It was the most electrically charged event in years, stirring memories of some fabled rock concert of yesteryear. Women were swooning over his well-groomed and neatly-tailored appearance while men drooled over his cool, dextrous manipulation of a laptop computer. The spirit of Jimi Hendrix lived on inside this man.
We knew from the outset that we were present at something rather special.
He began by silently tormenting us for several minutes while loading up his Powerpoint presentation. Then, with a nonchalent flick of a button, there flashed across the screen ahead of us the clever little instruction for us to "Get SMART".
The silent seduction of the audience continued as he slowly removed the jacket of his suit, hung it carefully behind his chair, and tucked in loose flaps of shirt and flesh.
He had his critics, of course. Some folded-arm types at the back believed that SMART did not even work as an acronym, arguing that "achievable" and "realistic" were the same thing really and that the acronym itself was thus an artifice.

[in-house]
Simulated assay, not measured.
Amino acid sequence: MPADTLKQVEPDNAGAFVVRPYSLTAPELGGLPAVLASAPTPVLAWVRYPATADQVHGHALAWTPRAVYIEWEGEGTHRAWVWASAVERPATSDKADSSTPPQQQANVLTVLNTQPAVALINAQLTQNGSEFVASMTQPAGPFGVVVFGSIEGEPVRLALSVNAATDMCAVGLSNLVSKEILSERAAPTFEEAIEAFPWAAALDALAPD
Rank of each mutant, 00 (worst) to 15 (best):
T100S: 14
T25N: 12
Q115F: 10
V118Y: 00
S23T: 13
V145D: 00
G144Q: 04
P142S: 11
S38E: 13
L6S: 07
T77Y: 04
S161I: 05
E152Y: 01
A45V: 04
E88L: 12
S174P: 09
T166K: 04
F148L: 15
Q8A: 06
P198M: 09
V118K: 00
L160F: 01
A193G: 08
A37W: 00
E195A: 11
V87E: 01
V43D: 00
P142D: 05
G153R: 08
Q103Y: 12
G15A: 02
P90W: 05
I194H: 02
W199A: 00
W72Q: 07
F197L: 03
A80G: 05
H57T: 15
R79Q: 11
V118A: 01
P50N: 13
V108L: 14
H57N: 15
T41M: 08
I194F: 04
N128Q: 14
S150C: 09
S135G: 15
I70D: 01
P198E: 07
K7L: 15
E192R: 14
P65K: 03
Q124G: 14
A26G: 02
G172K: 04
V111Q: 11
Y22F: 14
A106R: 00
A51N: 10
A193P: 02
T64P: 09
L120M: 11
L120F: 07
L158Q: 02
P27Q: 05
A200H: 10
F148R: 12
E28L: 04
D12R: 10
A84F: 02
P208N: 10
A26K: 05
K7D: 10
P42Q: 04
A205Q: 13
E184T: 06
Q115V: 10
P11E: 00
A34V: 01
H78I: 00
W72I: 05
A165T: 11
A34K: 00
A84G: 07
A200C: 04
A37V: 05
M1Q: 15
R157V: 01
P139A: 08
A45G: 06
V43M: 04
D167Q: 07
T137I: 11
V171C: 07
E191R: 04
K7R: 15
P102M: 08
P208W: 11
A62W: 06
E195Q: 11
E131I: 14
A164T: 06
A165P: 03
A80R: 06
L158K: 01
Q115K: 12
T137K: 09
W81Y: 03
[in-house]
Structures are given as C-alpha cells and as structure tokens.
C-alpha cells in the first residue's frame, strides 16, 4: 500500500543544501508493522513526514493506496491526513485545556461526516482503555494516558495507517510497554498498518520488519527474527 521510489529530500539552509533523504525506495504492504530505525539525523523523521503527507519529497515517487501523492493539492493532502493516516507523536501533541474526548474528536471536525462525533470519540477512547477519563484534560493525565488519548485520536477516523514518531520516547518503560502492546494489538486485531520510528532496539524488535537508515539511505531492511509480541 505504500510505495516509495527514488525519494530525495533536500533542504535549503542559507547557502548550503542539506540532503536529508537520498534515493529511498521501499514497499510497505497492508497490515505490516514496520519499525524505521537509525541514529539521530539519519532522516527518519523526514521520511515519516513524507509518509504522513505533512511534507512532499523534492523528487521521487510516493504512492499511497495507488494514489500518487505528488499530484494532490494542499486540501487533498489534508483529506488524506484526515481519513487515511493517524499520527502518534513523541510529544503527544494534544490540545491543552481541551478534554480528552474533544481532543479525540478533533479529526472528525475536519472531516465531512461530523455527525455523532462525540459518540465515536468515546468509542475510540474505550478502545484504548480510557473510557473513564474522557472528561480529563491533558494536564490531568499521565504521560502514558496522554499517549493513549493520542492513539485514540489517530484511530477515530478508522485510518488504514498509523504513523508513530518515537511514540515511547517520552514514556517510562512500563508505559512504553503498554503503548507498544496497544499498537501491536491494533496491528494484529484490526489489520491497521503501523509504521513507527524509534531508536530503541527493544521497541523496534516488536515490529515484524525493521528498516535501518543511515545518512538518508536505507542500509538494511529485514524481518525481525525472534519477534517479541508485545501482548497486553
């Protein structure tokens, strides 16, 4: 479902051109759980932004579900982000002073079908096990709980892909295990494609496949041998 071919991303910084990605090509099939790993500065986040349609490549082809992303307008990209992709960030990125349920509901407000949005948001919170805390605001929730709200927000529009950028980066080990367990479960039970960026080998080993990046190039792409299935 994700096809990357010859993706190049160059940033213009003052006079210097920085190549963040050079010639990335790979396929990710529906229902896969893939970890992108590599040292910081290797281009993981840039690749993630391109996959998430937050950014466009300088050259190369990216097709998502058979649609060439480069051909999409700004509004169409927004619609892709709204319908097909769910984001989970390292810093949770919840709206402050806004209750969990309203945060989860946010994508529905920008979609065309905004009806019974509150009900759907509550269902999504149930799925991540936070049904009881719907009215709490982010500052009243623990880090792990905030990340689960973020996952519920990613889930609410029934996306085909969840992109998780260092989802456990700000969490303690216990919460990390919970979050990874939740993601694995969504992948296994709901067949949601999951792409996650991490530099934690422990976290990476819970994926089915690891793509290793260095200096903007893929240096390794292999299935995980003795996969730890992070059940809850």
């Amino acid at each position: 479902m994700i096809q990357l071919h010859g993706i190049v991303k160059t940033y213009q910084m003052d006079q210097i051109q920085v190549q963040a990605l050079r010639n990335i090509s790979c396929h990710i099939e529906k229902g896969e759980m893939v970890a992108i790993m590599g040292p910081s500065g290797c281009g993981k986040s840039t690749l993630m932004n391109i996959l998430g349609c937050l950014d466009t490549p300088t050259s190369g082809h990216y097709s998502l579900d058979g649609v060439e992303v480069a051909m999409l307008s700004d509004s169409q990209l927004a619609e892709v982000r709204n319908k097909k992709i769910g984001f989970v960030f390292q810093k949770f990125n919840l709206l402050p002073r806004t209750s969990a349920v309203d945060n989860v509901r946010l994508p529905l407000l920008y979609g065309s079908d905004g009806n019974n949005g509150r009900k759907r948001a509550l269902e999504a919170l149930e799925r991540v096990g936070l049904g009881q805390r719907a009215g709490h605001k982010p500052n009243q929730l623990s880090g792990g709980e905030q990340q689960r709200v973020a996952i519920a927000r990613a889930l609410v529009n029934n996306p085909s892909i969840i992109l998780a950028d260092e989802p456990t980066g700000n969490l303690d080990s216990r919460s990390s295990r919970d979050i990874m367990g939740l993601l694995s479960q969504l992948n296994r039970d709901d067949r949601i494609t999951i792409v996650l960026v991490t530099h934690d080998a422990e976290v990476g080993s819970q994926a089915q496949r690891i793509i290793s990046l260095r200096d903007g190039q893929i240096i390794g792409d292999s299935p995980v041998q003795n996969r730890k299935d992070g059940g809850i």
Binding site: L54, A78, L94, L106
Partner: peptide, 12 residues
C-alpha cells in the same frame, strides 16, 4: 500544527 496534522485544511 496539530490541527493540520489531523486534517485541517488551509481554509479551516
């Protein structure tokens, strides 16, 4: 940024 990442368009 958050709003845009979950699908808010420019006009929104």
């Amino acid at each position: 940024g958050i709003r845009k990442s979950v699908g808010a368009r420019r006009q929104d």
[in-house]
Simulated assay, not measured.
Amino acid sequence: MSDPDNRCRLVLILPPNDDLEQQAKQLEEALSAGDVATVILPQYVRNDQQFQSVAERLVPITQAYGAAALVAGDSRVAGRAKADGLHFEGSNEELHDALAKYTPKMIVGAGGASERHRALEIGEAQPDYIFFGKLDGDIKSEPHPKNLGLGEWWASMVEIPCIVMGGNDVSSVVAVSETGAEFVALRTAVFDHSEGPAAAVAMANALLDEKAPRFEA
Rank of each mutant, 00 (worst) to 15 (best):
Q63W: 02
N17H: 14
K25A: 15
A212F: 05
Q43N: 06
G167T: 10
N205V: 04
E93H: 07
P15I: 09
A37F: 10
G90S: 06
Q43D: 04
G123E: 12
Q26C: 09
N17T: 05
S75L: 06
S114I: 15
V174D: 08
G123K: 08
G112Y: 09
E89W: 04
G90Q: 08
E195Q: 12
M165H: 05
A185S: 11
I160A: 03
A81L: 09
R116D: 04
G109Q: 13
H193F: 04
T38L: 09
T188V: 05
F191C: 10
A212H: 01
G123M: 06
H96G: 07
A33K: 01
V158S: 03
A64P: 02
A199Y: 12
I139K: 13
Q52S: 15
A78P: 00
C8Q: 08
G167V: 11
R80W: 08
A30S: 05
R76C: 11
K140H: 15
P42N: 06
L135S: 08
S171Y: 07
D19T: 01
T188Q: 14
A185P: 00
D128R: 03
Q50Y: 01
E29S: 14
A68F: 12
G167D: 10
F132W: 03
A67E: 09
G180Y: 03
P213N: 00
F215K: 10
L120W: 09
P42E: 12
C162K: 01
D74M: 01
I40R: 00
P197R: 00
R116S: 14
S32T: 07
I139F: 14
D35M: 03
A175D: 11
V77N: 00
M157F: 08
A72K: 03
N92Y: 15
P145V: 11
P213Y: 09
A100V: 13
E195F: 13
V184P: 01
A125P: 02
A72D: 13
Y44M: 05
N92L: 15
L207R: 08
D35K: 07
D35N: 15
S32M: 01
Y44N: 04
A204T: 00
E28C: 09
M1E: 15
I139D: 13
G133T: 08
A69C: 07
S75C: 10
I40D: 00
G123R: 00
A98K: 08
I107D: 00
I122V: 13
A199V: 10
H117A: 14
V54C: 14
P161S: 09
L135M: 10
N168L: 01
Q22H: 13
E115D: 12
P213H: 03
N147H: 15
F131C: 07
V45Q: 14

In their rather tiresome, backward-looking view, his whole package was no different from the kind of business pseudo-science found on the bookshelves of motorway service stations - the ones positioned alongside paperbacks displaying whip-wielding women dressed in black underwear.
Well, whip-wielding might even be the answer if it helps to bring that negative sort back into line. The initiative does thankfully have some extra lash to it now that teachers' pay bonuses are tied up with a commitment to SMART targets.
No more greyness and ambiguity. No more wishy-washy talk of trying to help children to grow up into "nicer people". An end to all that talk of "caring schools" with "rounded individuals".
Quite simply, if a teacher can't measure his aim and put a precise time limit on it then he should wake up, smell the coffee and think about focusing on his exam results instead.